What Does the Bible Say about Loving the Foreigner?

By Susie Hawkins

“Who is my neighbor?” — Lawyer in Luke 10:29

According to USA Today, currently 14.9% of the residential population of our nation is foreign born. Immigrants and workers, whether legal or illegal, have chosen to leave their homeland in search of a better life. Refugees (displaced people) have fled their native countries for their lives and futures, while international students seek a higher education. The vast majority of our foreigners come from the Middle East, Asia and Africa, drastically different cultures from ours. And their arrival is changing the landscape of America for the rest of us.

The question of how, when and who should be given entrance to our country is a matter of national debate and governmental policy. For our purposes, how that happens is irrelevant. They are here. What will I, a follower of Jesus, do about it?

I have pondered this issue for quite awhile, seeking a Biblical perspective of the “foreigner in the land”. I watch women in hijab stand in line with me at Target and wonder about their story. This unprecedented cultural change is one of the greatest ministry lessons of 2015, and I am on a learning curve.

The first thing to note is that caring for the alien is a strong theme in Scripture, seen in the stories of God’s people. The sojourner on a long journey and in a strange land relied heavily on the hospitality of the locals. Abraham, Jacob, Joseph and brothers, the Israelites, Moses, Ruth, the captives of Babylon, Esther, Jesus and his parents, the early church and John on Patmos, are a few examples of God’s people whose stories involved being a foreigner in a strange land.

Scripture clearly exhorts us to care for them.

For example:

Do not exploit the foreigners who live in your land … (Leviticus 19:33)

He (God) gives justice to orphans and widows. He shows love to the foreigners living among you and gives them food and clothing. You, too, must show love to foreigners, for you yourselves were once foreigners in the land of Egypt. (Deuteronomy 10:18-19)

I instructed the judges, ‘You must be perfectly fair at all times, not only to fellow Israelites, but also to the foreigners living among you.’ (Deuteronomy 1:16)

The New Testament builds on the Old Testament concept of hospitality even further, pushing beyond just caring for a guest in the home.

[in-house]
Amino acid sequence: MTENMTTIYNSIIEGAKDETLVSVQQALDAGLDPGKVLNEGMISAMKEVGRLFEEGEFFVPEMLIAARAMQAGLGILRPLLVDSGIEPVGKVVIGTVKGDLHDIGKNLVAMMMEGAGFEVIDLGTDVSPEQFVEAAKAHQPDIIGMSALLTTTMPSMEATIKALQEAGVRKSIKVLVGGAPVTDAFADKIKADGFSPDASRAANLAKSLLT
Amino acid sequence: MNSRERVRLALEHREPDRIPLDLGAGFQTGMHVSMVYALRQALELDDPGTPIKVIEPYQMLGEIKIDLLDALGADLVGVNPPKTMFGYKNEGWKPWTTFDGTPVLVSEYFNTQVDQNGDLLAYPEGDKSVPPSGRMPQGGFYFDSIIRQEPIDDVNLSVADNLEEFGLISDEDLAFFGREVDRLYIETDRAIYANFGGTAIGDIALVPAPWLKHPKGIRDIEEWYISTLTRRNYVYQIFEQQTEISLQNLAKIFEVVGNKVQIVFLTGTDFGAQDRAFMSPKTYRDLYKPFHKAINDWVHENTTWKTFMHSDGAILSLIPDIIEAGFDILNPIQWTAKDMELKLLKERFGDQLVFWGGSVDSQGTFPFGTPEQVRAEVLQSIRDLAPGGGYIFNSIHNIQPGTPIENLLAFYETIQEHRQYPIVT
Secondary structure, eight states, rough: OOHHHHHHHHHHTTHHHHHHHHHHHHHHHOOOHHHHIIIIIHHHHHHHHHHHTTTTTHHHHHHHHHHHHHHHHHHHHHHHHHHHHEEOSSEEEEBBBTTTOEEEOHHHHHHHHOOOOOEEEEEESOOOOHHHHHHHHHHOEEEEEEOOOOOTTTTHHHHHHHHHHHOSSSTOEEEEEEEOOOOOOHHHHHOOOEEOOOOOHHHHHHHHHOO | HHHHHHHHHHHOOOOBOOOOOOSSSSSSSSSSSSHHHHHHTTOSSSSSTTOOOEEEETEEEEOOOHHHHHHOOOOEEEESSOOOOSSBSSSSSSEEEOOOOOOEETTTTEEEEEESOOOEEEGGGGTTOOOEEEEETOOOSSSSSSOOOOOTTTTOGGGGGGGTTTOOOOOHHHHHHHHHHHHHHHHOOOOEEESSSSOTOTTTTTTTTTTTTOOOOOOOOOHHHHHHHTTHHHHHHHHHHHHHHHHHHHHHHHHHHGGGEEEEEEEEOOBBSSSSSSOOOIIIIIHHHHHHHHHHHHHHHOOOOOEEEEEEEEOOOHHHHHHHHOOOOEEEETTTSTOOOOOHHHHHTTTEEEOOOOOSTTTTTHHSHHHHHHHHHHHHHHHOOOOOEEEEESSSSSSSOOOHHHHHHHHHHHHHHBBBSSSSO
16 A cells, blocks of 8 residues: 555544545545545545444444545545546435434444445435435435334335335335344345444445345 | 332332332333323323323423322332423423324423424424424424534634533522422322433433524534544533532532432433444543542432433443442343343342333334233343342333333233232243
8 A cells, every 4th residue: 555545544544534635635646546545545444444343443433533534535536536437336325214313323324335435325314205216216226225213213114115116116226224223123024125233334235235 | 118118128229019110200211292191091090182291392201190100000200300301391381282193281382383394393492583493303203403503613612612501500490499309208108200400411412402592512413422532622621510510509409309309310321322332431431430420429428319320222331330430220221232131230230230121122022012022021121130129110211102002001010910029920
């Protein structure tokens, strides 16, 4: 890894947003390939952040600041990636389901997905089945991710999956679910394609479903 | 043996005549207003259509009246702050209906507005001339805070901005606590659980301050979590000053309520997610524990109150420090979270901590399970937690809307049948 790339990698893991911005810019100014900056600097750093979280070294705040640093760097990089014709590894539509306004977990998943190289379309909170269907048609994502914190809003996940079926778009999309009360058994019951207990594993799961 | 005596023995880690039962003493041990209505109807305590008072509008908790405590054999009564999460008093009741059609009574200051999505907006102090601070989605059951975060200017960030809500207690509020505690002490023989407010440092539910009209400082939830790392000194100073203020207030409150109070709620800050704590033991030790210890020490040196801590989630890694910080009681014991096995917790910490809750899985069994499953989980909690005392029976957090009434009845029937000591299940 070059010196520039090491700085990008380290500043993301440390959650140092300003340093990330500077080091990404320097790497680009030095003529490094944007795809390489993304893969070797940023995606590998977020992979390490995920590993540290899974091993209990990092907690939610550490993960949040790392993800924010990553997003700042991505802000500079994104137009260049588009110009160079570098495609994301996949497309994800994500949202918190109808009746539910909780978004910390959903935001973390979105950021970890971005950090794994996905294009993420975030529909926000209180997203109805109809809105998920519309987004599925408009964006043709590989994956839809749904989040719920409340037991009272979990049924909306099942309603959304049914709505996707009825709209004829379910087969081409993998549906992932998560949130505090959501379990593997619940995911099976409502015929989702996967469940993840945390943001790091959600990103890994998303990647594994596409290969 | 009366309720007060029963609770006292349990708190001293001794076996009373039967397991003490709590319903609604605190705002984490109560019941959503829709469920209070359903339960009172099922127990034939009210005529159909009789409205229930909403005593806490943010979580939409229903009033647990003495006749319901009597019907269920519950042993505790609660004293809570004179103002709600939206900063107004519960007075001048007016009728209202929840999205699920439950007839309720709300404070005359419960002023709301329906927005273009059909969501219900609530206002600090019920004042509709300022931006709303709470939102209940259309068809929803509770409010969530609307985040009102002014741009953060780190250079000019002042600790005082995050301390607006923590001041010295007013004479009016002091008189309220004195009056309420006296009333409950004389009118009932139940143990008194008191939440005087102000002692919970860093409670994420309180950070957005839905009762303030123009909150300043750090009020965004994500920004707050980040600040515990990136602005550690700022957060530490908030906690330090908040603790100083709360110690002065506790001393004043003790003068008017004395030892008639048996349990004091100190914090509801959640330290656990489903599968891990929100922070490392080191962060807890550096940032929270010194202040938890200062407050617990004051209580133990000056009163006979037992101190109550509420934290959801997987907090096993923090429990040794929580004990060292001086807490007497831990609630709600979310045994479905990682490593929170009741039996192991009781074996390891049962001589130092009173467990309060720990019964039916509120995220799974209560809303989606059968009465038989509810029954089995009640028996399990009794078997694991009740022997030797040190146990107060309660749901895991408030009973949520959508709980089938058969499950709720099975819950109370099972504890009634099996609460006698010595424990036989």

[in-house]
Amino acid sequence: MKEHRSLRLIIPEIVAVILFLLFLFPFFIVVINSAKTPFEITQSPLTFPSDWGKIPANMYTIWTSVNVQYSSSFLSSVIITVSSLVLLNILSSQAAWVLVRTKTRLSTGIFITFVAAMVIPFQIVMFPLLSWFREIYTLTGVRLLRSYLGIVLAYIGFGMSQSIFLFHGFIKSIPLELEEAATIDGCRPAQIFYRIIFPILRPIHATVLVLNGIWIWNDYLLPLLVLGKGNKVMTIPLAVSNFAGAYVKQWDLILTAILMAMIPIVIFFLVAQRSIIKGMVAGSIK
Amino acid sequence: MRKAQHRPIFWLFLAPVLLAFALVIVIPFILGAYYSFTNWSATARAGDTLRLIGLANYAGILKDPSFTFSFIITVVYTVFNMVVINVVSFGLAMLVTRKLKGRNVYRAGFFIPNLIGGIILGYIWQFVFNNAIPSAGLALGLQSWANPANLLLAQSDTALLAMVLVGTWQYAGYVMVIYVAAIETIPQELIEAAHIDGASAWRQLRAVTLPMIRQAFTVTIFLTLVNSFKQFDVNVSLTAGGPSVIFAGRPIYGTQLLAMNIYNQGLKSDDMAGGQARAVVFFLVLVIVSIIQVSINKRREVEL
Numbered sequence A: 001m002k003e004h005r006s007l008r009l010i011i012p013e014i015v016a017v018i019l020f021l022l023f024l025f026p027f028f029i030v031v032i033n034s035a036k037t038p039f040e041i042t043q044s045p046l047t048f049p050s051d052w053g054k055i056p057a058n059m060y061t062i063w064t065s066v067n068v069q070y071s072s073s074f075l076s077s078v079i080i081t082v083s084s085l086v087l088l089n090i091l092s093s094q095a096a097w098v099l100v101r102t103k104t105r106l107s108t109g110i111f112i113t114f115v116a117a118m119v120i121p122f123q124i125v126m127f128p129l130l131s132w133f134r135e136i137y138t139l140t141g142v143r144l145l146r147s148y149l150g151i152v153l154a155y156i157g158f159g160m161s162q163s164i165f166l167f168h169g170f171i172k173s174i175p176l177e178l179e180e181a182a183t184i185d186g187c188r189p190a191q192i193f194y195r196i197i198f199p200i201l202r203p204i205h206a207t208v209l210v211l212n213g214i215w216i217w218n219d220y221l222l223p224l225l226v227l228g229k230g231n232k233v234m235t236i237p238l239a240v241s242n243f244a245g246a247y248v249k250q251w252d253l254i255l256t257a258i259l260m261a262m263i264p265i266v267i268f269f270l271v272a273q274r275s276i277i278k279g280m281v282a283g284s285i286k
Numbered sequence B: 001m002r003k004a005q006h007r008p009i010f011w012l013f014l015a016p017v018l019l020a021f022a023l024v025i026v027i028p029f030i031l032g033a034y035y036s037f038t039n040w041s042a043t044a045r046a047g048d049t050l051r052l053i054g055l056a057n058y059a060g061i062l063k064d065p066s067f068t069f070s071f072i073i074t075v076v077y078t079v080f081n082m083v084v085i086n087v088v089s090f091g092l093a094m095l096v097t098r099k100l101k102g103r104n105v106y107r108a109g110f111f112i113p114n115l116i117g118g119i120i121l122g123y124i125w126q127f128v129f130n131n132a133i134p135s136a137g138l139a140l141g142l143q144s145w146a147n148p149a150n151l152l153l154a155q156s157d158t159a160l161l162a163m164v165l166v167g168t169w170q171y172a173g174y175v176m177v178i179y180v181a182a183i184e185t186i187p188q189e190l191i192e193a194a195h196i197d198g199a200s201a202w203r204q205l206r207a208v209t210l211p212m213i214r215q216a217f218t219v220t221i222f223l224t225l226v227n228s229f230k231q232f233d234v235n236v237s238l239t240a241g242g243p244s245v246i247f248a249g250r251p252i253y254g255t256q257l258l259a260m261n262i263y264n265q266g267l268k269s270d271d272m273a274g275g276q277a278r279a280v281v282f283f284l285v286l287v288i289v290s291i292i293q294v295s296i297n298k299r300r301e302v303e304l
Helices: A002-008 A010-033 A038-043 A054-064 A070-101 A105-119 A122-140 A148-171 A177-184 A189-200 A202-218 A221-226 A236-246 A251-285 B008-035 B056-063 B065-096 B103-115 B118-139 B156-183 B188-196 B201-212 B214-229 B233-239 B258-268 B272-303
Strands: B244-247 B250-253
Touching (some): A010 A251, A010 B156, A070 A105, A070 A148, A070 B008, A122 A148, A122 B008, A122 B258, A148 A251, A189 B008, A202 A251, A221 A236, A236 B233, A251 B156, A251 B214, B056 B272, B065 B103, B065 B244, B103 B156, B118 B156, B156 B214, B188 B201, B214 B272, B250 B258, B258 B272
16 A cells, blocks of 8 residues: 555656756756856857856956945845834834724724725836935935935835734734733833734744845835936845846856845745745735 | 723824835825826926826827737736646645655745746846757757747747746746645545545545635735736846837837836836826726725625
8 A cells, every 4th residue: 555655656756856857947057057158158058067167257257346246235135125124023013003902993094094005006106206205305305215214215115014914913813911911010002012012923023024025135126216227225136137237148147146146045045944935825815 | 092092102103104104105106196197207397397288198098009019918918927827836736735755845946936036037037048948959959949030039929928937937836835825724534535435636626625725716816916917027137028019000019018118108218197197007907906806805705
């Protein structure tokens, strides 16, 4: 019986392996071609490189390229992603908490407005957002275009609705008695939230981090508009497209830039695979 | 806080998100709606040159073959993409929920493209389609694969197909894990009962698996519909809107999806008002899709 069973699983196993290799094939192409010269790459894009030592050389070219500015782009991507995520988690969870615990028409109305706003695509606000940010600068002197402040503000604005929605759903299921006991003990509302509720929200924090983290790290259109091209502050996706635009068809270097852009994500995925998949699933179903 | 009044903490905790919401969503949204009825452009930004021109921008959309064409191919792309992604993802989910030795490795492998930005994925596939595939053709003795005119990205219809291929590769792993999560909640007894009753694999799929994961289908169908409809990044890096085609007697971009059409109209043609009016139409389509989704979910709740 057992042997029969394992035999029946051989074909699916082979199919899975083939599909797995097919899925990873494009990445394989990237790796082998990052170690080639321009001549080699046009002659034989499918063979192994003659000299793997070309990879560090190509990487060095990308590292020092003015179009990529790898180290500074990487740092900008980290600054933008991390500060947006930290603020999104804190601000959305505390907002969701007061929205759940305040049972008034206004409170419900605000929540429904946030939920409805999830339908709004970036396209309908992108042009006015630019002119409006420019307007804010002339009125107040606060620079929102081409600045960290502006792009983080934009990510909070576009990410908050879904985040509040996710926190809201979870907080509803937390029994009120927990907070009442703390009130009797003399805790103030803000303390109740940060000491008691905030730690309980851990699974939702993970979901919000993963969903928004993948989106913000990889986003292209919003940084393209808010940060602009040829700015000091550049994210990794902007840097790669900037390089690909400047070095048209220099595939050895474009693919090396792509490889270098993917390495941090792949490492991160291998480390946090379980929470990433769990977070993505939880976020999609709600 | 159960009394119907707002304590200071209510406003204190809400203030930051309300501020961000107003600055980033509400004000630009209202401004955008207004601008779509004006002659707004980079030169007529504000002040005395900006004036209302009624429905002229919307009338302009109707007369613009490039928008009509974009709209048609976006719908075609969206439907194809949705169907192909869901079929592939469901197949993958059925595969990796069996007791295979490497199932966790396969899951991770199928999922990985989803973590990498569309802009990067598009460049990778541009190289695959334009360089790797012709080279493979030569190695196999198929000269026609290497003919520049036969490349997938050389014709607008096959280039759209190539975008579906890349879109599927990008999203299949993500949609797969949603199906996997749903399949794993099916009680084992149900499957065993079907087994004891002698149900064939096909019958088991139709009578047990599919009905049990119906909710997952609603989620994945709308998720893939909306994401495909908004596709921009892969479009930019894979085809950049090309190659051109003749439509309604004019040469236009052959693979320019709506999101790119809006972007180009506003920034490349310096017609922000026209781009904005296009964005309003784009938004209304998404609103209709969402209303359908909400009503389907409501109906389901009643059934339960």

For I was hungry and you fed me. I was thirsty, and you gave me a drink. I was a stranger, and you invited me into your home. I was naked, and you gave me clothing. I was sick, and you cared for me. I was in prison and you visited me. (Matthew 25:35)

Don’t forget to show hospitality to strangers, for some who have done this have entertained angels without realizing it….Share in the sorrow of those being mistreated, as though you feel their pain in your own bodies. (Hebrews 13:2)

But perhaps the most succinct passage on caring for the strangers among us is the parable of the Good Samaritan. “Who is my neighbor?” the religious leader asked. Jesus related the story of the Good Samaritan and then asked, “Who proved to be the neighbor to the injured man?” His answer was, “The one who showed him mercy.” Jesus replied, “Now go and do the same thing.”

Seeing how the world has arrived on our doorstep, perhaps we should also consider God may be actually answering the prayers of His people. I’ve noticed He frequently answers prayer in ways I never expect! Believers have prayed for decades that God would “send laborers into the harvest”. But rather than us going to the other side of the world to them, suddenly the harvest is here – in our neighborhoods, malls, schools and communities. This makes us ALL missionaries to foreigners without leaving our homes.

I recently read a quote from a former Muslim, who works with refugees. He pointed out, “This is the best time for them to hear the message,” he says. “Their hearts are so soft.”

Is God doing a new thing? If so, I must be obedient.

Click here to read all posts in this series.

Published January 8, 2016

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Susie Hawkins

Susie lives in Dallas, Texas with her husband OS Hawkins. She is the author of From One Ministry Wife to Another: Honest Conversations on Connections in Ministry. She has 2 daughters and 6 grandchildren, keeping her life full of craziness and joy.